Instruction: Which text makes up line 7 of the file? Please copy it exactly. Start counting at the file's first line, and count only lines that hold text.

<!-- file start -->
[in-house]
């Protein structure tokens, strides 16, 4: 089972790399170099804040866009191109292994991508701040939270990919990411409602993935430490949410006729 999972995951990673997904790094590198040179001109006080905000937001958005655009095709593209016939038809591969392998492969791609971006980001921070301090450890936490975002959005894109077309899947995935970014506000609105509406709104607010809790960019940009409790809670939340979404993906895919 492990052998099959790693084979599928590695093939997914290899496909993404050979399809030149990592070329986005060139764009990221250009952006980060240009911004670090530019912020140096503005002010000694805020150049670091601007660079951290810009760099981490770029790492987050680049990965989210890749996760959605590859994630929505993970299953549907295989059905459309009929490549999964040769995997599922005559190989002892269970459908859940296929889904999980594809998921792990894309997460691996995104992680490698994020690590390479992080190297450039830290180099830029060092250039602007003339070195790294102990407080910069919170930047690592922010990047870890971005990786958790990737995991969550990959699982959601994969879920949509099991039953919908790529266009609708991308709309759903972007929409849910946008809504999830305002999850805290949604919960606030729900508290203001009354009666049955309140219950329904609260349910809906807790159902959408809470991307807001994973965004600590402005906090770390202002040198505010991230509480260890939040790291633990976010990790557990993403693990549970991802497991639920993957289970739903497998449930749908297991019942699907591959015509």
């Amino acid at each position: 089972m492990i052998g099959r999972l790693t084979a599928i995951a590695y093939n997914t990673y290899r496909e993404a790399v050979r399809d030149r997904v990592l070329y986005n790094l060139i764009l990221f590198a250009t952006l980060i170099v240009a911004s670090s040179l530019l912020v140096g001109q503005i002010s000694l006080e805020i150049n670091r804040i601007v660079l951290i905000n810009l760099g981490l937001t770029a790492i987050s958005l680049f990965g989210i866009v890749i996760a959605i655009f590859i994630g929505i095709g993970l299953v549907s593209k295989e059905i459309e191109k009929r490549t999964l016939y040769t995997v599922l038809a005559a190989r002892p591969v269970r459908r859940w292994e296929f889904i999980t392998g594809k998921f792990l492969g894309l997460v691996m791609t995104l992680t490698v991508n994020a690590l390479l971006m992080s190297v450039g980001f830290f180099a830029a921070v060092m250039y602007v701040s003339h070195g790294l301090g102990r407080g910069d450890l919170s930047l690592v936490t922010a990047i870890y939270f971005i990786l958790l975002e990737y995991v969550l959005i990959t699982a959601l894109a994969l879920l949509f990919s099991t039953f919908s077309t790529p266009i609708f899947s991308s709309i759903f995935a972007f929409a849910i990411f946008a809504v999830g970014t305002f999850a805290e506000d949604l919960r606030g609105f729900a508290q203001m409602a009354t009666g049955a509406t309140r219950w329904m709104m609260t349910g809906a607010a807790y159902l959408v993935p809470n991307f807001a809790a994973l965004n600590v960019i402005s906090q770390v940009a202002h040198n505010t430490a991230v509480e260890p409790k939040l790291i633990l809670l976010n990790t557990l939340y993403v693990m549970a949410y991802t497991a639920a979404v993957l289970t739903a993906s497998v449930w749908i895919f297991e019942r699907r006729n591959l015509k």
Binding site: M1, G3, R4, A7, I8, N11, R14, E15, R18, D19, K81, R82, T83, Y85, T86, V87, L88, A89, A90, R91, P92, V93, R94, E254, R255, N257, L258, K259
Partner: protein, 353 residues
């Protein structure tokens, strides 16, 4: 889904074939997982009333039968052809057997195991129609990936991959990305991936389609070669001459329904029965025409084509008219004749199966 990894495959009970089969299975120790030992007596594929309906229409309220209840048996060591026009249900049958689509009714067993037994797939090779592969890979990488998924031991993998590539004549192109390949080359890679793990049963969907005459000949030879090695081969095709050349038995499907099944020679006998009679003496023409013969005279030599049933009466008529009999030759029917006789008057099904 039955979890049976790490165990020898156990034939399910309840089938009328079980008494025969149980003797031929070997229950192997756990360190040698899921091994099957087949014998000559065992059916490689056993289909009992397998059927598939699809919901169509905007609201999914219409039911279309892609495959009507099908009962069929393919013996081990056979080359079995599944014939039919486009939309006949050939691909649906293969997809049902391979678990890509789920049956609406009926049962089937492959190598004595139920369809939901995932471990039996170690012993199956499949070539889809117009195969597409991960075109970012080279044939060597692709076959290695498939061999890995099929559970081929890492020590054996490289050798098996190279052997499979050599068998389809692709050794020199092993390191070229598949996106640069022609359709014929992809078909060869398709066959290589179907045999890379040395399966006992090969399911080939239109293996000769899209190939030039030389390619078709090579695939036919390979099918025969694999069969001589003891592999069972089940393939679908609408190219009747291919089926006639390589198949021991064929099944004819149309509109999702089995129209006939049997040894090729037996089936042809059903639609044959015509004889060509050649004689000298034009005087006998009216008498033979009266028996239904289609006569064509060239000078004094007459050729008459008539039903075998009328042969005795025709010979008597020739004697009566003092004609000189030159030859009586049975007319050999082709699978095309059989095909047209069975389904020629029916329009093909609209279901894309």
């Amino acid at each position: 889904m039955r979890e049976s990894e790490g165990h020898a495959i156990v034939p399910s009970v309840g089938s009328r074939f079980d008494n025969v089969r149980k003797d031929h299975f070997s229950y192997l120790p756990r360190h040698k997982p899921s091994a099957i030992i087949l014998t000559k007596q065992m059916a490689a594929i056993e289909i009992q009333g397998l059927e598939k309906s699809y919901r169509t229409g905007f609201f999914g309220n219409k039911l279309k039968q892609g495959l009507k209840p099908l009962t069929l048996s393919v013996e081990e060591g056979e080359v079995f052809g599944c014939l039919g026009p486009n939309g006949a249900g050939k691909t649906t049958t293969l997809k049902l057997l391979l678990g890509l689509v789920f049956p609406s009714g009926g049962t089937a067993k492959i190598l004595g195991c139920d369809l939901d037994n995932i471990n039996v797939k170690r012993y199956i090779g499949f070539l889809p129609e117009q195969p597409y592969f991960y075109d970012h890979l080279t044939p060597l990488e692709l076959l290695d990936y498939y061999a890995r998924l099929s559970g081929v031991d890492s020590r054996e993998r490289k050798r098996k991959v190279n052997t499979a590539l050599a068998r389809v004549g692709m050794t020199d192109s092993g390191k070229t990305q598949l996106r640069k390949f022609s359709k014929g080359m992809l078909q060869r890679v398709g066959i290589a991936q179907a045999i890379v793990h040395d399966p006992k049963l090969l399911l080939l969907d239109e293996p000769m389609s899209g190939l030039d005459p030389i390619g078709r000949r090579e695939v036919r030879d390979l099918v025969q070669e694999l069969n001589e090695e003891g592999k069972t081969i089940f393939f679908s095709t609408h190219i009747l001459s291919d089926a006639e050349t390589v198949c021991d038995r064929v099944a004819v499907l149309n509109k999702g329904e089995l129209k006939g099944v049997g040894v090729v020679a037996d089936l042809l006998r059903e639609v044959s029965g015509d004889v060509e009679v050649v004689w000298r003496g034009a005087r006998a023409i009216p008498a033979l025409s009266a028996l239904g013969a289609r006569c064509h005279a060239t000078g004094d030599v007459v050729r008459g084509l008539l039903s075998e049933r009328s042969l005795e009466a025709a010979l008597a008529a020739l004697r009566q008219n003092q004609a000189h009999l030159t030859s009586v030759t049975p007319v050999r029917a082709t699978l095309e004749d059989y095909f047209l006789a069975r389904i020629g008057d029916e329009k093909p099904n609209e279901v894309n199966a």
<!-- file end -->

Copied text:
């Amino acid at each position: 889904m039955r979890e049976s990894e790490g165990h020898a495959i156990v034939p399910s009970v309840g089938s009328r074939f079980d008494n025969v089969r149980k003797d031929h299975f070997s229950y192997l120790p756990r360190h040698k997982p899921s091994a099957i030992i087949l014998t000559k007596q065992m059916a490689a594929i056993e289909i009992q009333g397998l059927e598939k309906s699809y919901r169509t229409g905007f609201f999914g309220n219409k039911l279309k039968q892609g495959l009507k209840p099908l009962t069929l048996s393919v013996e081990e060591g056979e080359v079995f052809g599944c014939l039919g026009p486009n939309g006949a249900g050939k691909t649906t049958t293969l997809k049902l057997l391979l678990g890509l689509v789920f049956p609406s009714g009926g049962t089937a067993k492959i190598l004595g195991c139920d369809l939901d037994n995932i471990n039996v797939k170690r012993y199956i090779g499949f070539l889809p129609e117009q195969p597409y592969f991960y075109d970012h890979l080279t044939p060597l990488e692709l076959l290695d990936y498939y061999a890995r998924l099929s559970g081929v031991d890492s020590r054996e993998r490289k050798r098996k991959v190279n052997t499979a590539l050599a068998r389809v004549g692709m050794t020199d192109s092993g390191k070229t990305q598949l996106r640069k390949f022609s359709k014929g080359m992809l078909q060869r890679v398709g066959i290589a991936q179907a045999i890379v793990h040395d399966p006992k049963l090969l399911l080939l969907d239109e293996p000769m389609s899209g190939l030039d005459p030389i390619g078709r000949r090579e695939v036919r030879d390979l099918v025969q070669e694999l069969n001589e090695e003891g592999k069972t081969i089940f393939f679908s095709t609408h190219i009747l001459s291919d089926a006639e050349t390589v198949c021991d038995r064929v099944a004819v499907l149309n509109k999702g329904e089995l129209k006939g099944v049997g040894v090729v020679a037996d089936l042809l006998r059903e639609v044959s029965g015509d004889v060509e009679v050649v004689w000298r003496g034009a005087r006998a023409i009216p008498a033979l025409s009266a028996l239904g013969a289609r006569c064509h005279a060239t000078g004094d030599v007459v050729r008459g084509l008539l039903s075998e049933r009328s042969l005795e009466a025709a010979l008597a008529a020739l004697r009566q008219n003092q004609a000189h009999l030159t030859s009586v030759t049975p007319v050999r029917a082709t699978l095309e004749d059989y095909f047209l006789a069975r389904i020629g008057d029916e329009k093909p099904n609209e279901v894309n199966a």